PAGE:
You can listen to Cultura FM online on the Windows Media Player, at http://www.tvcultura.com.br/radiofm/radiofm.asx.
Friday, February 8, 2002
'DPS: Some of your early recordings are coming back to haunt you. That Villa-Lobos film score, The Forest of the Amazon, in which you sang with the Chorus of the Moscow Physics and Engineering Institute, has just been re-released.'
'RF: Actually, I tracked [overdubbed] that in somebody's apartment in the Bronx. It's pretty music. This was before any kind of a recording contract. My feeling was, "Ohmygod! Somebody wants to record me?"'
Of course, this CD has been a favourite of Villa-Lobos lovers for years. The work, conducted by Alfred Heller, was put together by Villa-Lobos from the music he wrote for the MGM film Green Mansions, with Audrey Hepburn and Anthony Perkins. This indeed is pretty music, and very prettily sung!
Tuesday, January 22, 2002
'It's evening at our house. Mafalda is seated under the lamp, knitting. Through the big window in the study a light can be seen growing in the December sky, like a pale slice of watermelon.The breeze brings us the fragrance of roses from our little garden. A record is turning on the phonograph, and from its speaker flows the plangent music of violoncellos, in a long, languid, undulating phrase, with the sweetness of a serenade. I recognize the voice of Villa-Lobos, the greatest minstrel of our people. I feel his living, human presence in the room, and I begin to think about our many meetings, their places and times.
'The first time I read that name was in 1923, in the art column of the "Revista do Brasil" [Brazil Review]. I was 18, sitting dreaming in one of the squares in Cruz Alta, on a bench under some bamboos quivering in the breeze of a waning September. It was then that I became aware of a modern Brazilian musician who belonged to the group of rebel artists and writers responsible for the Week of Modern Art in Sao Paulo. Villa-Lobos --- according to the columnist --- had recently gone to Paris and on his arrival, when a reporter asked if he'd come to study composing, he replied, "No. I've come to teach it."'
'There were 30 of us in the audience. Villa-Lobos climbed up on stage and went to the front, follwed by Mr. Foss, a young man with beautiful hair and a sculptured profile, exactly what one expects in an artist and intellectual (and rarely finds...). The Brazilian is holding a burning cigar stub. For the first time in my life, I see a man smoke while giving a public speech. In his fluent and picturesque French, Villa-Lobos, who didn't have a clear theme for his talk, tells stories about music and musicians, not bothering about coherence -- a sort of oral list of "diverse activities." It was as if he were seated at a cafe table in Montparnasse; chatting with friends, having a brandy, legs crossed, relaxed in gesture and speech. On the whole, I can't really recall why the speaker brought up the case of the famous Italian tenor who, shut in the bathroom, managed to break a glass with a high C. The audience laughed and the speaker laughed with them. After that, he seemed somewhat at a loss and tired of all this talk. He glanced behind him, and off to the sides, as if he were looking for something, and cried out, "I want a piano! Bring me a piano!" Lukas Foss got up from his chair and went off to find a grand piano, which eventually was brought onto the stage.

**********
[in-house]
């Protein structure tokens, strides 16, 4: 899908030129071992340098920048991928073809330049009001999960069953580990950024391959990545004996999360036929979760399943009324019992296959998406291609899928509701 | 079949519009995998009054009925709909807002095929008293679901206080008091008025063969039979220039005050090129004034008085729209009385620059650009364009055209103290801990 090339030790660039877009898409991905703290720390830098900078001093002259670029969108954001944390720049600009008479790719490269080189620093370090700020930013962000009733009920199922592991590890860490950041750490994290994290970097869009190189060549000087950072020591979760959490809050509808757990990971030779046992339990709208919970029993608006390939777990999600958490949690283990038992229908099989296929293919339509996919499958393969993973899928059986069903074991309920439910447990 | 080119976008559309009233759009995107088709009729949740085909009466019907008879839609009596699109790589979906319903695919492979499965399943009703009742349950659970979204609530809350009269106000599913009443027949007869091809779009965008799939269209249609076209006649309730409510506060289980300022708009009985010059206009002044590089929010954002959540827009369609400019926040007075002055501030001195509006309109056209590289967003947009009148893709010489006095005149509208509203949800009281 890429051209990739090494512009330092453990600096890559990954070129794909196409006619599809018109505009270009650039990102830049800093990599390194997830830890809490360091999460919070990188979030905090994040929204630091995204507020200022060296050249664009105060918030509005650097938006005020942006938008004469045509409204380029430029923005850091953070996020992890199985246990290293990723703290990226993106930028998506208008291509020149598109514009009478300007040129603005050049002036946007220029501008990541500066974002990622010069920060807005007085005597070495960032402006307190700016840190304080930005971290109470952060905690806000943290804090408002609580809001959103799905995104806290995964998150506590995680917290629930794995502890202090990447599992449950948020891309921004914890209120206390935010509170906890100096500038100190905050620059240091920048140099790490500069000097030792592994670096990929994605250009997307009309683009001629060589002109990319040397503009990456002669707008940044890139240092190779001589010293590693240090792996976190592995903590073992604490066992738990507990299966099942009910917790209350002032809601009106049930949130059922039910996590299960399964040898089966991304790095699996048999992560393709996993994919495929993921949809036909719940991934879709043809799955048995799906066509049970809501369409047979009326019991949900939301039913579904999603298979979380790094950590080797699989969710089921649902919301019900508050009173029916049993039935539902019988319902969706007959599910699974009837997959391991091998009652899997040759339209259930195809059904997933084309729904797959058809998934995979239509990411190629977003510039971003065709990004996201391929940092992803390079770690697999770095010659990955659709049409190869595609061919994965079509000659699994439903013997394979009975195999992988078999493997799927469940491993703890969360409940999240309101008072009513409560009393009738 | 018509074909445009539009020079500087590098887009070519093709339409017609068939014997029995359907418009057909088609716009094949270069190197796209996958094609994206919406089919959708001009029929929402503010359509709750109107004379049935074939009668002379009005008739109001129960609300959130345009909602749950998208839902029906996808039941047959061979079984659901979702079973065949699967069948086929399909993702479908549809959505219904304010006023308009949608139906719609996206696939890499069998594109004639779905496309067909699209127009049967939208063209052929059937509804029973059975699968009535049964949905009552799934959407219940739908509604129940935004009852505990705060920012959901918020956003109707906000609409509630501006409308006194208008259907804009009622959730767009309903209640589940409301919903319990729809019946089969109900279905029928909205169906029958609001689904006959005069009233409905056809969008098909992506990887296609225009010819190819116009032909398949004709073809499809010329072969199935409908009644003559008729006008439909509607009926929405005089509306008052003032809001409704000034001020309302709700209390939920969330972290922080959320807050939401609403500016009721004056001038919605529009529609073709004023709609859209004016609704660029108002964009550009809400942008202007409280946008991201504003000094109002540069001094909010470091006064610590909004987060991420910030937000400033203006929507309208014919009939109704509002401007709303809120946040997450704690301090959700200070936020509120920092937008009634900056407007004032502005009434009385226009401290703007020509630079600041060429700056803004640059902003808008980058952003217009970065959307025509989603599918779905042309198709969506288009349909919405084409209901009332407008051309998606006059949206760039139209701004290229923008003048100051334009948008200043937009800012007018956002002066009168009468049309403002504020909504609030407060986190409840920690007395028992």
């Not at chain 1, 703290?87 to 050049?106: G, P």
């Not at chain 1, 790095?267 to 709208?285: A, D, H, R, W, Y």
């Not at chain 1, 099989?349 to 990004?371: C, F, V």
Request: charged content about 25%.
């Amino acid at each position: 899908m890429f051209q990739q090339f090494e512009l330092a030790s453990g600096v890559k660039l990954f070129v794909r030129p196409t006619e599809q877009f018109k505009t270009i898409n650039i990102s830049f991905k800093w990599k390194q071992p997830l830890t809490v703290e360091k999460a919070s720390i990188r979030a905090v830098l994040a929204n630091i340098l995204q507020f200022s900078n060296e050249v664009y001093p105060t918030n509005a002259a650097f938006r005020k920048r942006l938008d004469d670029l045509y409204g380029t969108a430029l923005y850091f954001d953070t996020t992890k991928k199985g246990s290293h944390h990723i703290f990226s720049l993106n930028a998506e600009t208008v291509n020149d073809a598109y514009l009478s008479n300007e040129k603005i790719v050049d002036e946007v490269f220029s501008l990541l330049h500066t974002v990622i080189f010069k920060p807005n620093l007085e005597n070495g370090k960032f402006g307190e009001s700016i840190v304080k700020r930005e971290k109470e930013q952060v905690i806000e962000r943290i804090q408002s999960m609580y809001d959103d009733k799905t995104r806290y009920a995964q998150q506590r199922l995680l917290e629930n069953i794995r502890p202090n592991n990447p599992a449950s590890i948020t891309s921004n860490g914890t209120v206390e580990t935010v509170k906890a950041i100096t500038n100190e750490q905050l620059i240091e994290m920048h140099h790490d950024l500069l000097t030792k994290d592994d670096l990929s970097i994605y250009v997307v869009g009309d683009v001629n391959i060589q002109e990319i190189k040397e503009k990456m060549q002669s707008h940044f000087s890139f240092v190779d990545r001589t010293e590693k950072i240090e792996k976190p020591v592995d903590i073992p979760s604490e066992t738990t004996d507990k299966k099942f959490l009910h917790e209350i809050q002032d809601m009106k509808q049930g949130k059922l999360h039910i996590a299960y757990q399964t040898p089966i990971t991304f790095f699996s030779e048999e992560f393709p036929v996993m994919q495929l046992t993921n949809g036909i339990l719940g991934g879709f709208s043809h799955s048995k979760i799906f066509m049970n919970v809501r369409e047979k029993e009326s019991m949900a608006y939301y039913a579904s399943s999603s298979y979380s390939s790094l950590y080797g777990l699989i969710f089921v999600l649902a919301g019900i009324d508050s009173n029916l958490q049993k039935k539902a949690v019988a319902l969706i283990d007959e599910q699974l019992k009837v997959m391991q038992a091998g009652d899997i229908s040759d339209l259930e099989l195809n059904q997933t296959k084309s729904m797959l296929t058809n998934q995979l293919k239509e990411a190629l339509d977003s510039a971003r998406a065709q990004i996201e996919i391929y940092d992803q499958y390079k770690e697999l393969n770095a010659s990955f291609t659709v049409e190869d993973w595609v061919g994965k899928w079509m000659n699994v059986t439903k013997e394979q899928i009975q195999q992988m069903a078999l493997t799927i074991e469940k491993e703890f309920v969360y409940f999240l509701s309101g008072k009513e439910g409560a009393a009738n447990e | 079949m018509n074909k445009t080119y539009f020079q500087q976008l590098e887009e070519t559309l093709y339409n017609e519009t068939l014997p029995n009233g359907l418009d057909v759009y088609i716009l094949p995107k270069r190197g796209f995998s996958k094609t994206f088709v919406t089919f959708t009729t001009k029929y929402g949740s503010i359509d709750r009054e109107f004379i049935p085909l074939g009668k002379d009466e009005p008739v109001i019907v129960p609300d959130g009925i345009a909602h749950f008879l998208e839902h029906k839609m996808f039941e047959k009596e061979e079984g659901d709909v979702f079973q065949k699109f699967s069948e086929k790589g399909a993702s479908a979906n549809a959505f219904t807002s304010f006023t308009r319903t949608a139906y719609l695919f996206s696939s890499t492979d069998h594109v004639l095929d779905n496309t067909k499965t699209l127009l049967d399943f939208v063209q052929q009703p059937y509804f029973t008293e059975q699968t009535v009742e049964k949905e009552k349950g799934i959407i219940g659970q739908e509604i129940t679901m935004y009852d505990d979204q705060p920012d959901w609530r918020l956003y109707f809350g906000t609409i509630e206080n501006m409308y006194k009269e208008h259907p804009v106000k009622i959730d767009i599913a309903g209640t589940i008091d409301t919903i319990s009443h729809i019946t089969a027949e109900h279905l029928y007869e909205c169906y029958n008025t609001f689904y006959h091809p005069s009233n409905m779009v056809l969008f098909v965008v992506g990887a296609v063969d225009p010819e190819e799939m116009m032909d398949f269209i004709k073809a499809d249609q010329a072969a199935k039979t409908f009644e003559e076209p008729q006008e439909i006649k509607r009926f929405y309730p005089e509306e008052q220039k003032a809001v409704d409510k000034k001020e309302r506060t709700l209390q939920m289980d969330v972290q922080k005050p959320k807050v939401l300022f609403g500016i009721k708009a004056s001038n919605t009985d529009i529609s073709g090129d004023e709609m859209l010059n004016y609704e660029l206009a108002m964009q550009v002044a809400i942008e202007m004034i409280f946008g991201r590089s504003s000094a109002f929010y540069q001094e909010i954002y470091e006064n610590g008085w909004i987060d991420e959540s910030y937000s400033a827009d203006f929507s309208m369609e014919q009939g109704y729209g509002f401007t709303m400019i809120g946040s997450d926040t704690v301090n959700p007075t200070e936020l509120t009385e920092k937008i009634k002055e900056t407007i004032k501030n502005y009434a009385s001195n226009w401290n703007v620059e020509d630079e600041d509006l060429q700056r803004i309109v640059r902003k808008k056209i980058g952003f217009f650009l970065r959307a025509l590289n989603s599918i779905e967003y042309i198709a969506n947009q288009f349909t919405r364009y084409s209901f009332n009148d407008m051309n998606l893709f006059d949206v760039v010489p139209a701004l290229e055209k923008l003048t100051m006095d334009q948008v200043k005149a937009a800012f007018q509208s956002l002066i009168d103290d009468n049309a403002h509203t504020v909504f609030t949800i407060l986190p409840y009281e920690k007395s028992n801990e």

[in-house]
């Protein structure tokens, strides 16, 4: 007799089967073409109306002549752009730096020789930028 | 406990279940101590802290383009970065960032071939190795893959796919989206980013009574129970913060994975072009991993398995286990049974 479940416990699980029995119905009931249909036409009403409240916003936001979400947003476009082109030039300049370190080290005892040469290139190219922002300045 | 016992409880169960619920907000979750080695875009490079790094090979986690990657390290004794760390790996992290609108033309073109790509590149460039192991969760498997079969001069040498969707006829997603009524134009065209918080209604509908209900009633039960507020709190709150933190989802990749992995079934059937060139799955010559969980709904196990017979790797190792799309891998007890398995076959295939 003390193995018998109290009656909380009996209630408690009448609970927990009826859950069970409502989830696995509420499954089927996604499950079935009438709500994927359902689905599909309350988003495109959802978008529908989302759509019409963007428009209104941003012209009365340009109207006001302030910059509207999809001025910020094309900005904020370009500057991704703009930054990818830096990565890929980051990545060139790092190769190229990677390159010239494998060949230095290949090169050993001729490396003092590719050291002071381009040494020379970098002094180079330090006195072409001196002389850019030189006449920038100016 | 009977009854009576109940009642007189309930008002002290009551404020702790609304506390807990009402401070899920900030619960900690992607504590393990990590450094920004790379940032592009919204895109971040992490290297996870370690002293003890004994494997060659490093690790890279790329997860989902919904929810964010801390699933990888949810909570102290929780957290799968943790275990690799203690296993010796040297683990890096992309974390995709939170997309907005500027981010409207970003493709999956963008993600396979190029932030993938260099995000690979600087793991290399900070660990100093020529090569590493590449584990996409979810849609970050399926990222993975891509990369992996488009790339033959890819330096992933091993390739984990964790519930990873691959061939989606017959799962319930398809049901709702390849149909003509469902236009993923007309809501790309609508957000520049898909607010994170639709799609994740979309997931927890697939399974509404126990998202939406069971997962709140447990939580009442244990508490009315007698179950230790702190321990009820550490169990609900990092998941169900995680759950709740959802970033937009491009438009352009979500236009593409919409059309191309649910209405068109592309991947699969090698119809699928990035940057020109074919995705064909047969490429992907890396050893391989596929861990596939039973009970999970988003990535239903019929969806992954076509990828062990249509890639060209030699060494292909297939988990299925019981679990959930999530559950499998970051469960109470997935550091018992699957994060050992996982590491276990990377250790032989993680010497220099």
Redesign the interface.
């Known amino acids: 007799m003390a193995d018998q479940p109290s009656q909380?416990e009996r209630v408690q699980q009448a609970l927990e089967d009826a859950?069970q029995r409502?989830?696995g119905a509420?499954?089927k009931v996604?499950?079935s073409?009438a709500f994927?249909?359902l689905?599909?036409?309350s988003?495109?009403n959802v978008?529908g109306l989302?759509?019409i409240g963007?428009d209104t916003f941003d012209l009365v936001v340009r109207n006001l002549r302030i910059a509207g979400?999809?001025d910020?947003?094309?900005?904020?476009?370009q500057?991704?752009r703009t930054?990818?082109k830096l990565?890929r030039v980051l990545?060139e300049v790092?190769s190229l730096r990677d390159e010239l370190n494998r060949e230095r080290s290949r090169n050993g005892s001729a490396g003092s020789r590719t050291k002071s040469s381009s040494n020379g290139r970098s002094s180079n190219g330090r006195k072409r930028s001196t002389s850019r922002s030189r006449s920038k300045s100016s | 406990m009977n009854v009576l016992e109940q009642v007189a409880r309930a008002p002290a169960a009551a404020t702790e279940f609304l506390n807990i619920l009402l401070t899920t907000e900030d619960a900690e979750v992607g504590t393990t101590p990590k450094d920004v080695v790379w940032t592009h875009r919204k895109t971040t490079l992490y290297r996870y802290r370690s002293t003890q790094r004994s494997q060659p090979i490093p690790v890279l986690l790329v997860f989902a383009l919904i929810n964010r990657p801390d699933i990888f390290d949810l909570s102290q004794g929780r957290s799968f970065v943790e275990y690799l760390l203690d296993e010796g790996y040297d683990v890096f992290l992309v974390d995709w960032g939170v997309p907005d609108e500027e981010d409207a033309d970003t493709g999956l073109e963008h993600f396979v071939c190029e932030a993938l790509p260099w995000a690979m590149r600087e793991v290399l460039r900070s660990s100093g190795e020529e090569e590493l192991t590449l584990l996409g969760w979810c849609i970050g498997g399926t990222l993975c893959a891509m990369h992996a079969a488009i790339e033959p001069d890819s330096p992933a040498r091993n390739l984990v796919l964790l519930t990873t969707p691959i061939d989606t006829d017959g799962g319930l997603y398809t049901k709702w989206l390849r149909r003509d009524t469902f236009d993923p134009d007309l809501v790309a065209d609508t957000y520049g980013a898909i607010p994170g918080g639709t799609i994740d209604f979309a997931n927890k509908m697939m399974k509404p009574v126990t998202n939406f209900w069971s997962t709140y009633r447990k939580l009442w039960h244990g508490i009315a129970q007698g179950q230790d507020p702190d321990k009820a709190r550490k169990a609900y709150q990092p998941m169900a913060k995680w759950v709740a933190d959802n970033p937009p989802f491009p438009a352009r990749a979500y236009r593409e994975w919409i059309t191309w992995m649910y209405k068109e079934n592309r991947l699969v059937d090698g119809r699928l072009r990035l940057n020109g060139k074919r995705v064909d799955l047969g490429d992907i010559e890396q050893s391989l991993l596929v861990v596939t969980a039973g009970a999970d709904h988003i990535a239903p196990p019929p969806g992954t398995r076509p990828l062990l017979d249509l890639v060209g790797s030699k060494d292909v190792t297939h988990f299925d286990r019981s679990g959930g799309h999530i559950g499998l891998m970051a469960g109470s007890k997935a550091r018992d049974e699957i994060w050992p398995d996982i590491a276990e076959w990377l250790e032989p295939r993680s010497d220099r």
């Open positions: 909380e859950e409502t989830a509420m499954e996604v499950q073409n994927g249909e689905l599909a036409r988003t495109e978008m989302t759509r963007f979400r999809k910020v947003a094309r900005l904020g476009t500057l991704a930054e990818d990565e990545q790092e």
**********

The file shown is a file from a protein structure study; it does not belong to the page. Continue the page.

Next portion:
'Still with his cigar between his teeth, our Villa sat down at the noble instrument, played a few chords, looked at the audience, and said, "I'll play Brahms" ... He begins to play a passage from a sonata, and then comments "and the piano won't budge." He addresses himself to the Apassionata and lightly plays the opening phrase.
'Turning to the audience, "I play Beethoven, but the piano doesn't stir." After that comes Schumann, Schubert, Chopin. And, according to the Maestro, the piano continues not to " budge." Finally the speaker cries out, "I'll play Villa-Lobos!" His hands romped over the keys, producing a passage from his "Rudepoema." He got up and pointed to the piano, exclaiming. "It budged! It budged!"'